8) Oil containment is required on ALL four stroke machines so please keep a very close eye on the belly pan which should be solid WITHOUT any drain holes or bungs. Any holes must be properly repaired with fibreglass before the machine is allowed into the holding area. Duct tape or silicone is not an acceptable repair. Unfaired machines must be fitted with a reservoir beneath the engine and the front lip must extend upwards to within 50 mm of the base of the cylinder barrel to guide any oil down into the reservoir in the event of engine failure.
9) The lower rear chainguard (or shark fin) must cover the point at which the chain runs on to rear sprocket. Moving the rear wheel back as far as possible to lengthen the wheelbase and the smaller sprocket used for TT course gearing means that a guard that was OK on short circuits could be a long way from a position where it is effective.
10) Numbers and backgrounds are not supplied by the organisers. The font used for the numbers should be as plain as possible so the marshals, spotters and timekeepers can readily identify the machines as they pass at high speed. Painted backgrounds are acceptable providing that a matt finish is used. Putting the background inside the screen and the numbers on the outside is not acceptable. Shiny backgrounds and a low sun make a bike coming down Glencrutchery Road look like it has a headlamp on! If it is not possible to put the number in the centre of the fairing then it should be on the right hand side when sitting on the machine. Side numbers must be visible from the side. These can be on the fairing or belly pan if the seat unit is too small. Any numbers or backgrounds that are not acceptable will have to be replaced. Please read the regulations and ensure you present your machine with the correct colour plates and numbers fitted.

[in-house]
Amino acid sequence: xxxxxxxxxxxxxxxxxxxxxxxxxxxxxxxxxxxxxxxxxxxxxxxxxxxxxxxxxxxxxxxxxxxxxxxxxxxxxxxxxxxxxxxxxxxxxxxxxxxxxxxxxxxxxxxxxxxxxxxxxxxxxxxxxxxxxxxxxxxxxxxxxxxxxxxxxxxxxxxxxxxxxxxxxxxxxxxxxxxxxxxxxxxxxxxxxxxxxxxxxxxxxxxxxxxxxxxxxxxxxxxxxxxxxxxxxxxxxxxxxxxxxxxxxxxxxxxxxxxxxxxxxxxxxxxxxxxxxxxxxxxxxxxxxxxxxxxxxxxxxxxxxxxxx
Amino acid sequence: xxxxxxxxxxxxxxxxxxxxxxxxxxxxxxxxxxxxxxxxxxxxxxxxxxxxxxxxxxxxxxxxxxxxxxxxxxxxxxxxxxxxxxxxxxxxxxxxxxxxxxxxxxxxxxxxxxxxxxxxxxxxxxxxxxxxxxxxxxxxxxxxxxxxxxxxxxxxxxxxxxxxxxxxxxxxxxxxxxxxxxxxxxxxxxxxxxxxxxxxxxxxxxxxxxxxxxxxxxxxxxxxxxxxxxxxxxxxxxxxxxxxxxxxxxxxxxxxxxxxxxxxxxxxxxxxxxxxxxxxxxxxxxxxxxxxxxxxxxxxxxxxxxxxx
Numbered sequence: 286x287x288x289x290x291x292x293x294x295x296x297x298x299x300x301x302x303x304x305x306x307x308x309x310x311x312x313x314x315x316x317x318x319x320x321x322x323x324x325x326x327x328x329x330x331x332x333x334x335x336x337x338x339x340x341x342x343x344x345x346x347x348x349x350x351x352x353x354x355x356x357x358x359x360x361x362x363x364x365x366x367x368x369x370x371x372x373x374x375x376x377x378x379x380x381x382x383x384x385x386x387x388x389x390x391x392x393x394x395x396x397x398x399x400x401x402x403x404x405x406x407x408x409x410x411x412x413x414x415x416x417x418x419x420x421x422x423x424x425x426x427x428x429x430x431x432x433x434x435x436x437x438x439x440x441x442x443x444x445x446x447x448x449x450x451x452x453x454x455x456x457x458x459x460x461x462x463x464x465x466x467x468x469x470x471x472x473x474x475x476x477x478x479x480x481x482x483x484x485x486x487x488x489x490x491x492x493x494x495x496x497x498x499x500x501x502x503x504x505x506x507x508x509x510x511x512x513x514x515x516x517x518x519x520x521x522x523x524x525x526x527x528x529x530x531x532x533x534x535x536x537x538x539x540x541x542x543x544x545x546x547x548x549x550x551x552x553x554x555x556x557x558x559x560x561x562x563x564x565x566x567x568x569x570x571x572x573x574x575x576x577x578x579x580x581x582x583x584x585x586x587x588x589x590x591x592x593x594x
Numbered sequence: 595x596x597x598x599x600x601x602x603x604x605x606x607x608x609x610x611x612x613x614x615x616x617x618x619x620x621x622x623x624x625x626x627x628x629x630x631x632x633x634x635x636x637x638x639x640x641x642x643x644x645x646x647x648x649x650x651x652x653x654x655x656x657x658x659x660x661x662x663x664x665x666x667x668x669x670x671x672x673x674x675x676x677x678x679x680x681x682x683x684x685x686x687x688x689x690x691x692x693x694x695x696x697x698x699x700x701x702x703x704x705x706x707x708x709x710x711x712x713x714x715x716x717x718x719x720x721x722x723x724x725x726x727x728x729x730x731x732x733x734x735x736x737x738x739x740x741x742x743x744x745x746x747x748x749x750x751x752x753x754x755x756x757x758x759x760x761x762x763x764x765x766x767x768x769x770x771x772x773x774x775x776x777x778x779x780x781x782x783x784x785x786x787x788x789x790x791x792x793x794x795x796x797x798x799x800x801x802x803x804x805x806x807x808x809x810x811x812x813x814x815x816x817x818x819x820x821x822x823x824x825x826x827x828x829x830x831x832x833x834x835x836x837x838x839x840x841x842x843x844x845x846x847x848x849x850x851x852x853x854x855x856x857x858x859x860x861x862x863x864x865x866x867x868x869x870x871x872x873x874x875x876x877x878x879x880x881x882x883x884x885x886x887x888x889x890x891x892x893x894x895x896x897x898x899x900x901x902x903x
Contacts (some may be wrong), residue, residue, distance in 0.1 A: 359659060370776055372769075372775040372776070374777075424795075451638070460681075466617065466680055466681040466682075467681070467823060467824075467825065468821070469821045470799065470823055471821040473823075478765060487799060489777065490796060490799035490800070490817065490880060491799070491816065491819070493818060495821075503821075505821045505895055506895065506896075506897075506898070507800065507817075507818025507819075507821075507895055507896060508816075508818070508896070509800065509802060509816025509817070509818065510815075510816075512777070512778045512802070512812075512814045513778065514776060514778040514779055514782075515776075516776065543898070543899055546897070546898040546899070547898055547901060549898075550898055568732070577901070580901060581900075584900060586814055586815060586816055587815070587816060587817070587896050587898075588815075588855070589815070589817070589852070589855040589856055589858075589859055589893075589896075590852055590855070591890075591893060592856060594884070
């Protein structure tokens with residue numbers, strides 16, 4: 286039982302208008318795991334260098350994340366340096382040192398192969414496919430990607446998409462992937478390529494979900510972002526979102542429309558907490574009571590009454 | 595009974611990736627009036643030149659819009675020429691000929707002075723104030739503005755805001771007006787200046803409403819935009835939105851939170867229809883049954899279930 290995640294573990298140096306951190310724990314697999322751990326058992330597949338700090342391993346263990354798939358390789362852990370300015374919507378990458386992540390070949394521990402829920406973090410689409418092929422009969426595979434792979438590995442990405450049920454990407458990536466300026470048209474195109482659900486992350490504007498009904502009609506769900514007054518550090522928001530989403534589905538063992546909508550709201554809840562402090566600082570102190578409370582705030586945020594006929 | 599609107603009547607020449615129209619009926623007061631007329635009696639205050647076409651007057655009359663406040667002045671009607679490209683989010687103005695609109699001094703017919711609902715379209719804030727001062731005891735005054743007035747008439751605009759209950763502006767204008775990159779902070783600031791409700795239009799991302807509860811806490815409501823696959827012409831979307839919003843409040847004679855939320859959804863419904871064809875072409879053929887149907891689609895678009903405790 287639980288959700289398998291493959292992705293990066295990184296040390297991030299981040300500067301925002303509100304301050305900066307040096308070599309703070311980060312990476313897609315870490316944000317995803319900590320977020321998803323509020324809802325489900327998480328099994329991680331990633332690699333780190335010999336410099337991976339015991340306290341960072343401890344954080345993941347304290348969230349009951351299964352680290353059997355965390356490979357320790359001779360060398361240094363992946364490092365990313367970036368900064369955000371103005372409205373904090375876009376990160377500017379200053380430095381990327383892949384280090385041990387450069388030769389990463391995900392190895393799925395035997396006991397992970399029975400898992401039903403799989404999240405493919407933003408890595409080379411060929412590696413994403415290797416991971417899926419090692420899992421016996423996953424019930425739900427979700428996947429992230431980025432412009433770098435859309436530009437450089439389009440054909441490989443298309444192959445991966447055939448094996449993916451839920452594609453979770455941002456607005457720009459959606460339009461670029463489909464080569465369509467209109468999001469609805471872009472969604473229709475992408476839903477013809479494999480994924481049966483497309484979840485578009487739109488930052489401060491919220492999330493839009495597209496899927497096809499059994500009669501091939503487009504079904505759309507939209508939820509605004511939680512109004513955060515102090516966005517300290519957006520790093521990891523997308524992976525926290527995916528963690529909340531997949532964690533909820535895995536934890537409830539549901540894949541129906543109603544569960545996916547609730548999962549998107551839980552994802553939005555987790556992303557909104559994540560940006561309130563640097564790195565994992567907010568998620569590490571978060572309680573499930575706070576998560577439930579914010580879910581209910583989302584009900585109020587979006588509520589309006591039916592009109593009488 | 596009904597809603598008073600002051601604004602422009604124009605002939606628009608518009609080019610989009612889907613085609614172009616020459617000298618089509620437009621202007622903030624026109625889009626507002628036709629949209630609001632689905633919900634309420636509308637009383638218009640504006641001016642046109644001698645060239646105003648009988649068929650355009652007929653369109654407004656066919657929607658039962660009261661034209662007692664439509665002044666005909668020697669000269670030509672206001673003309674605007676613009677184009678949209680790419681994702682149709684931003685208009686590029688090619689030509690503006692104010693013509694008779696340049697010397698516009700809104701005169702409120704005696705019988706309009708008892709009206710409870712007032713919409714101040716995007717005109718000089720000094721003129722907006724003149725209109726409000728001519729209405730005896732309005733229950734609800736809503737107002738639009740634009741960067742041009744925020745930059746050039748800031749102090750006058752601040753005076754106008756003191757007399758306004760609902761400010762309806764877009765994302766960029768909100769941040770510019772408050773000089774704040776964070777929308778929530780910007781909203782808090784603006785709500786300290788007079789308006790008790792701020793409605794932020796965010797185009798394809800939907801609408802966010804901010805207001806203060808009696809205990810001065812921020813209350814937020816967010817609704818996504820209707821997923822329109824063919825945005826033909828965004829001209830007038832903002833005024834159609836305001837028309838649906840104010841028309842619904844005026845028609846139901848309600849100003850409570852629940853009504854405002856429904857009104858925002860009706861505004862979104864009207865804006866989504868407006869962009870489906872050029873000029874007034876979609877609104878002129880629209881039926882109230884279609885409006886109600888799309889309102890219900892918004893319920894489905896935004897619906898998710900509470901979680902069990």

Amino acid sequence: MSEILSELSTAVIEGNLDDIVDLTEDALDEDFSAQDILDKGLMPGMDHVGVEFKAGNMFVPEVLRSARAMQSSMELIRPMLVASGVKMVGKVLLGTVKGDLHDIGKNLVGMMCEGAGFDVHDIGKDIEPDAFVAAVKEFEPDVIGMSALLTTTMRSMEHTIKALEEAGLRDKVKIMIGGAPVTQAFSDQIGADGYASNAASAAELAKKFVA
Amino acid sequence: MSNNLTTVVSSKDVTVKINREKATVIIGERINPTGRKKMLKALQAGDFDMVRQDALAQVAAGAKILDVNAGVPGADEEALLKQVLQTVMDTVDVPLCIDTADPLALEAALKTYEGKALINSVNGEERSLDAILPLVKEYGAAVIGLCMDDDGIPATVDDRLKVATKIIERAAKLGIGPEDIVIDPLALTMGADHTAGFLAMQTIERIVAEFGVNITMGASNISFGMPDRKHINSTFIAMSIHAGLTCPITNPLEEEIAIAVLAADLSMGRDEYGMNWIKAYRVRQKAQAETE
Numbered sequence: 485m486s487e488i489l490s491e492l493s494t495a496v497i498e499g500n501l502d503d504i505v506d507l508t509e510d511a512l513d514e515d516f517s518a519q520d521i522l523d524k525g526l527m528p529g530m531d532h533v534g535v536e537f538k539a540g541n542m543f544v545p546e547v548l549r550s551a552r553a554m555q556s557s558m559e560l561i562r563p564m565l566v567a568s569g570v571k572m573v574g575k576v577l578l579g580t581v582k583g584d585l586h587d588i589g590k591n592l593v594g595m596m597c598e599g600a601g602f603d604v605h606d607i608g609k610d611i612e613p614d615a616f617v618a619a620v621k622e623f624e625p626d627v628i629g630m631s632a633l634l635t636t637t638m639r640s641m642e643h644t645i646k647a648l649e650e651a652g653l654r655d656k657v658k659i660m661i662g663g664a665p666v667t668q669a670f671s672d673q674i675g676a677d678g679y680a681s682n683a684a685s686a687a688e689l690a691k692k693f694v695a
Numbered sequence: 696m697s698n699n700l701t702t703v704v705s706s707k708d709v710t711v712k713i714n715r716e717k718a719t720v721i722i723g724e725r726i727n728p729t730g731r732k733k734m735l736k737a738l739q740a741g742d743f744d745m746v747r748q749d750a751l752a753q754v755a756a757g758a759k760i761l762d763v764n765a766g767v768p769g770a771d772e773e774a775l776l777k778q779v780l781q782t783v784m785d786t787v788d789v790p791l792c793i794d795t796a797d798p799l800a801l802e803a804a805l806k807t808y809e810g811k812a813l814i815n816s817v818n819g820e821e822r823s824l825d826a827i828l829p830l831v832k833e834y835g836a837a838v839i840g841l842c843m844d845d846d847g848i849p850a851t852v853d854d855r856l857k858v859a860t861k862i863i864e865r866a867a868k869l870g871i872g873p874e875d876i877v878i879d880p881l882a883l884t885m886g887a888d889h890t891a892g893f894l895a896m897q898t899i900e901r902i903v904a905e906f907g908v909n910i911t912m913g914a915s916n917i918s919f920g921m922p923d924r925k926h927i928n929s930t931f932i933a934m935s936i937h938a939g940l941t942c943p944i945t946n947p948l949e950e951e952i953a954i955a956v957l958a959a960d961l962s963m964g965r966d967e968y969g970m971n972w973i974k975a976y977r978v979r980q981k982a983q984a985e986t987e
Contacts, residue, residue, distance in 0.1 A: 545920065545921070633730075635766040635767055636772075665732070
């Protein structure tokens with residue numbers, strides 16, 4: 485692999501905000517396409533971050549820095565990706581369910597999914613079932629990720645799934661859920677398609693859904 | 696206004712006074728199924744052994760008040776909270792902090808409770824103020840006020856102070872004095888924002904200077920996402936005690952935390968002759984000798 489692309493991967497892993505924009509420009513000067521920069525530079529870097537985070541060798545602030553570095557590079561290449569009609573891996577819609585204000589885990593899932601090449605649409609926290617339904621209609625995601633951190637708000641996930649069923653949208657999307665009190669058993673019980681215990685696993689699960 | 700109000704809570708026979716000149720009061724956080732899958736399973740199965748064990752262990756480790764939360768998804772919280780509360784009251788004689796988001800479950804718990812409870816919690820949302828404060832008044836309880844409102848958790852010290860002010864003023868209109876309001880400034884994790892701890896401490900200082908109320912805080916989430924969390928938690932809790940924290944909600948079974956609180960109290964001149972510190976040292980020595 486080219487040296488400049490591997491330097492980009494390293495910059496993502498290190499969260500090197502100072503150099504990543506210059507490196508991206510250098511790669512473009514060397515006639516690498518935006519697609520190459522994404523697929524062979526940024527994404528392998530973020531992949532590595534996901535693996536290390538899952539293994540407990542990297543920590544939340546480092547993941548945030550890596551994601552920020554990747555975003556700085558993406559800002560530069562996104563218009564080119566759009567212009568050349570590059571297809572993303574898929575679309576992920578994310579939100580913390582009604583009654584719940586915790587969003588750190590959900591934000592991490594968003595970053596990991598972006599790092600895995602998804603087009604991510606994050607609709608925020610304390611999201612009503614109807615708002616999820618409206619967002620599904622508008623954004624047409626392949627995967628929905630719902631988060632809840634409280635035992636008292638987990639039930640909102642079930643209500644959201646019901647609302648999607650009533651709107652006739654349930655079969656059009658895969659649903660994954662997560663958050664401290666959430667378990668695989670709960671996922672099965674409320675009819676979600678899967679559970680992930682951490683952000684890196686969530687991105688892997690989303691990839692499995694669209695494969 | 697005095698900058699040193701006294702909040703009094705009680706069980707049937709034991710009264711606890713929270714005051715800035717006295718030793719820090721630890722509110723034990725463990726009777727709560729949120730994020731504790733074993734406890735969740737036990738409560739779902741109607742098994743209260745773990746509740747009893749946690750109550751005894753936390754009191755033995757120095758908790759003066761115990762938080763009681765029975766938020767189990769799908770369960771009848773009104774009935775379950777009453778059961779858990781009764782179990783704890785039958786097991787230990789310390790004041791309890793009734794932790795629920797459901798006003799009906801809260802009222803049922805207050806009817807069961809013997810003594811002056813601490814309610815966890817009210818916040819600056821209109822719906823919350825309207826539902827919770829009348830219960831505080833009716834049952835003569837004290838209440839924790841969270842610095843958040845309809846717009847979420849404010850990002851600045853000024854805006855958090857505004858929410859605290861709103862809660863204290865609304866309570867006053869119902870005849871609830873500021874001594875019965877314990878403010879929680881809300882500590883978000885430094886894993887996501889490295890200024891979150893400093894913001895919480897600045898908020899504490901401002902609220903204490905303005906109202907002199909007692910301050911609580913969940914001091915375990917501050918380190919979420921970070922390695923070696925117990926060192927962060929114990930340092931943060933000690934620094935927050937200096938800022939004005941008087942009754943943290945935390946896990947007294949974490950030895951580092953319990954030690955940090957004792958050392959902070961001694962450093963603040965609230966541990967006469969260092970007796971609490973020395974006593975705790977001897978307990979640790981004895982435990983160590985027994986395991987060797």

11) Random checks will be carried out to ensure that identity discs are being worn and the correct helmet sticker is in place.
12) Red rear lights are compulsory for all machines. Please ensure that yours meet the requirements as per ACU Handbook. This will be checked at Technical Inspection. Many of the lights fitted in previous years have not been robust. Please ensure that not only is the light correct, but fitted such that it will survive the rigours of the mountain course!
13) Fuel tanks must have a vent pipe which terminates in a plastic catch bottle of at least 250ml. Standard Monza caps with open vents are therefore not acceptable. These must be sealed and a separate vent pipe provided. Bottles should be positioned where the contents are visible. Similarly coolant overflows must have a catch bottle of at least 250ml. Only water is permitted for coolant.
These are the most common problems that we have encountered over the years and if you are fortunate enough to have someone else wielding the spanners, please make them aware of the requirements.
Random breath tests will be carried out throughout practice and race weeks. The permitted level of alcohol is 0.1g/L.
If you have any comments or questions, I can be contacted through the Race Office.
Chief Technical Official
Manx Grand Prix / Classic TT